Stockton and Darlington Railway 150th Anniversary

A railway carriage outside the John Walker Square.

This railway carriage was sited outside the John Walker Square to celebrate the 150th anniversary of the Stockton & Darlington Railway. It is an incredible 45 years since this event and the 200th anniversary of the railway opening is now only five years away.

Photo and details courtesy of Bruce Coleman

11 thoughts on “Stockton and Darlington Railway 150th Anniversary

  1. I used to walk past the historic site just about every day, what a disgrace it was, when the old goods station closed you had the land made free for a railway museum, and I mean like the one at York, I can remember when the Flying Scotsman was offered for sale for £10 000 with no takers, that should have been bought and placed opposite or near the War Memorial or Town Hall, Can someone answer me this question, in the 1940s with my Scots mother we used to travel frequently to Edinburgh via Darlington, how come we never travelled on this train? I can remember the Silver Arrow and the Golden Arrow, but never the Scotsman. My favourite section of track was leaving Berwick and the view from there. During the war four German spies were landed at Berwick by a submarine, this was 5.00 am on a Sunday morning, they rowed ashore, got dressed as businessmen with hats, suits and briefcases, and walked to the Station, the Station Master took one look at them and tippled what was up, they bought 4 tickets to London, he served them then after they left phoned the Police, at York and Doncaster they were unknown to them being accompanied by other officers and at the barrier at Kings Cross all four were arrested, one agreed to co-operate so lived, the other three sad to say were hanged. The mistake made was a Berwick type station master knew everyone for miles around, then you had the accent problem, and Sunday was not exactly the best day to pick.

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    • The Flying Scotsman train could be hauled by any locomotive,with the power and speed required to keep tight timing.The Flying Scotsman was just one of over seventy identical engiines,although orriginally with some differences. Gresley A3’s A4’s and both Peppercorn and Thompson Pacifics would be used as and when required. I don’t think the Flying Scotsman stopped at Darlington,but I may be wrong.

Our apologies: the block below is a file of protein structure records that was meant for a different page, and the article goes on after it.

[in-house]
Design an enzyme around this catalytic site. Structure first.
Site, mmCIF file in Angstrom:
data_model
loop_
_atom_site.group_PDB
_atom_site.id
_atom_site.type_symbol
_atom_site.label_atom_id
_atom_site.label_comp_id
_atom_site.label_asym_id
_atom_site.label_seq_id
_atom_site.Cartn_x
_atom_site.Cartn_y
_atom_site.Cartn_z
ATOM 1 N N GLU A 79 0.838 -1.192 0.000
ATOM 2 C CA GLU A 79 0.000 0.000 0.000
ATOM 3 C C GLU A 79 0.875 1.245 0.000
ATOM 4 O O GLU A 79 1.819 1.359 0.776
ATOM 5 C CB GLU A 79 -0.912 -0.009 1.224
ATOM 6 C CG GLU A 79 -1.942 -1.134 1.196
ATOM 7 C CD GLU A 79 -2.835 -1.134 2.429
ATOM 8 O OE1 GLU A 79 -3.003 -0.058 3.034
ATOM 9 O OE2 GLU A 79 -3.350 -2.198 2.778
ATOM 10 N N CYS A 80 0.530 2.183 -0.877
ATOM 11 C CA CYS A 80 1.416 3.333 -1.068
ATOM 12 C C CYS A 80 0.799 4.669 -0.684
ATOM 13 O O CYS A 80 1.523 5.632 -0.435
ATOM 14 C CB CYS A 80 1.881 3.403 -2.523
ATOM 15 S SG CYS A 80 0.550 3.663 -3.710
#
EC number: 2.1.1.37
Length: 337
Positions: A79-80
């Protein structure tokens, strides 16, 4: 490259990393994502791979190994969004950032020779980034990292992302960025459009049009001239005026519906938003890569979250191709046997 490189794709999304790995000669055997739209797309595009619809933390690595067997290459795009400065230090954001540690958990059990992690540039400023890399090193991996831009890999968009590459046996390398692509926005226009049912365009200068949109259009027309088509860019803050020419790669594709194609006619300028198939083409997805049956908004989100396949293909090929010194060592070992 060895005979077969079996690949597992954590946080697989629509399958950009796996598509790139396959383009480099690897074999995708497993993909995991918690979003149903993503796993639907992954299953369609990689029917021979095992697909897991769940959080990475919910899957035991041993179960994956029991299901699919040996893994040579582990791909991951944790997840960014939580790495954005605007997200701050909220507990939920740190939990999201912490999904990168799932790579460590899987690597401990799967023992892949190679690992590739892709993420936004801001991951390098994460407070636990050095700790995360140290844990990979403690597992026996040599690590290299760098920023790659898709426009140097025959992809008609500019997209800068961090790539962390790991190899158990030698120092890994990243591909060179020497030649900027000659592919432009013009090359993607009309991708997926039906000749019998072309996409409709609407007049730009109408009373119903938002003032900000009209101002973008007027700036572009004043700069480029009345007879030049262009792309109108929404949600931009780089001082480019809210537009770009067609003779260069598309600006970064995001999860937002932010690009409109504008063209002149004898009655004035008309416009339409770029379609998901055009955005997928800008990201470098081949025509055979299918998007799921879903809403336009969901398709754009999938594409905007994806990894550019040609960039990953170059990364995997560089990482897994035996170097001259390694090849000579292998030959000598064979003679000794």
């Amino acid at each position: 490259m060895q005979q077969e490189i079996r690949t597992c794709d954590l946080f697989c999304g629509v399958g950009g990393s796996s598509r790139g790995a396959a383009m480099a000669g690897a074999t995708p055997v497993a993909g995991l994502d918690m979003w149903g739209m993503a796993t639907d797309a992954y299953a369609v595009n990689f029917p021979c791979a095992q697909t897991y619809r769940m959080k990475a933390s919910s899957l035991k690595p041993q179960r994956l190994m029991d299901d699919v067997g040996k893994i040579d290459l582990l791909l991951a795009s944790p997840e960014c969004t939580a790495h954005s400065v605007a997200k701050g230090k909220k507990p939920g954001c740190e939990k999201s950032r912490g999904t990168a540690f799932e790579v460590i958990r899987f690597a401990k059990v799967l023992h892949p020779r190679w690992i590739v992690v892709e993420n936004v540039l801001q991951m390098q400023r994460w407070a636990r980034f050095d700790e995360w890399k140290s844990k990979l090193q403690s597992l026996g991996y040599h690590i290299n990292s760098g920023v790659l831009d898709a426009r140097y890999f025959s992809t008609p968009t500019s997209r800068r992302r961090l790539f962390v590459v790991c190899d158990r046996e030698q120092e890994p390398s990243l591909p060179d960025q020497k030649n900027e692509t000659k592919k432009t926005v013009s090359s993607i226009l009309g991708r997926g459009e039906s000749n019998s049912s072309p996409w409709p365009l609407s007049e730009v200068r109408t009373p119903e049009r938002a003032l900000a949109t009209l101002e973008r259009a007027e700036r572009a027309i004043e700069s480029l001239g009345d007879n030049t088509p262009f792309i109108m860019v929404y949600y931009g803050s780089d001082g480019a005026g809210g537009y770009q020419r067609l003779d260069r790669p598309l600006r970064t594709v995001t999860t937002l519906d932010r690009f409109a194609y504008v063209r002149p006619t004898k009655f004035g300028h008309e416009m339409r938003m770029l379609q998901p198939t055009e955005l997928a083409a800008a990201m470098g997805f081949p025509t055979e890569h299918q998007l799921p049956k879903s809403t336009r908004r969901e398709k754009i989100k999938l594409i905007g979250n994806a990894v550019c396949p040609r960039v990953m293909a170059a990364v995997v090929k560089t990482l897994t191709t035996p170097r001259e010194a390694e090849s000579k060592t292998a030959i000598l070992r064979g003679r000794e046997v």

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        • Hello Vicky. You probably saw the locomotive Flying Scotsman,rather than the train,which was confined to the East coast main line. The locomotive was a regular in the early 1960’s,on less demanding turns,allowing more of the Deltic diesels to haul main line trains. Seen it At Billingham station a few times,on stopping expresses to Newcastle early 1960’s. Hope you’re all keeping well,with this virus around.

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          • I am not very sure about different types or sorts of trains The train certainly had smoke coming out of it. We were living in Eaglescliffe in the mid 1950
            We are all ok, glad to hear from you Are you and yours ok?

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            • Yes fine.We were going to see Sarah in Australia this year.She gave birth to Hugo in April,but the virus prevented us from flying.Donna has just given birth to Jacob 5th November,our 6th Grandchild.

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              • Well done you and congratulation to the girls. We only have 4 grandchildren 1 grandson and 3 granddaughters. You will be desperate to go to Australia, hopefully the Vaccine is available soon fo r us “oldies”
                Keep well Take Care love Vicky and Bryan

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  2. As a pupil from Richard Hind Primary School we all had a trip to go inside this carriage – we were only allowed in it briefly as it was carpeted out and very posh inside from memory! Lovely to see the photograph !

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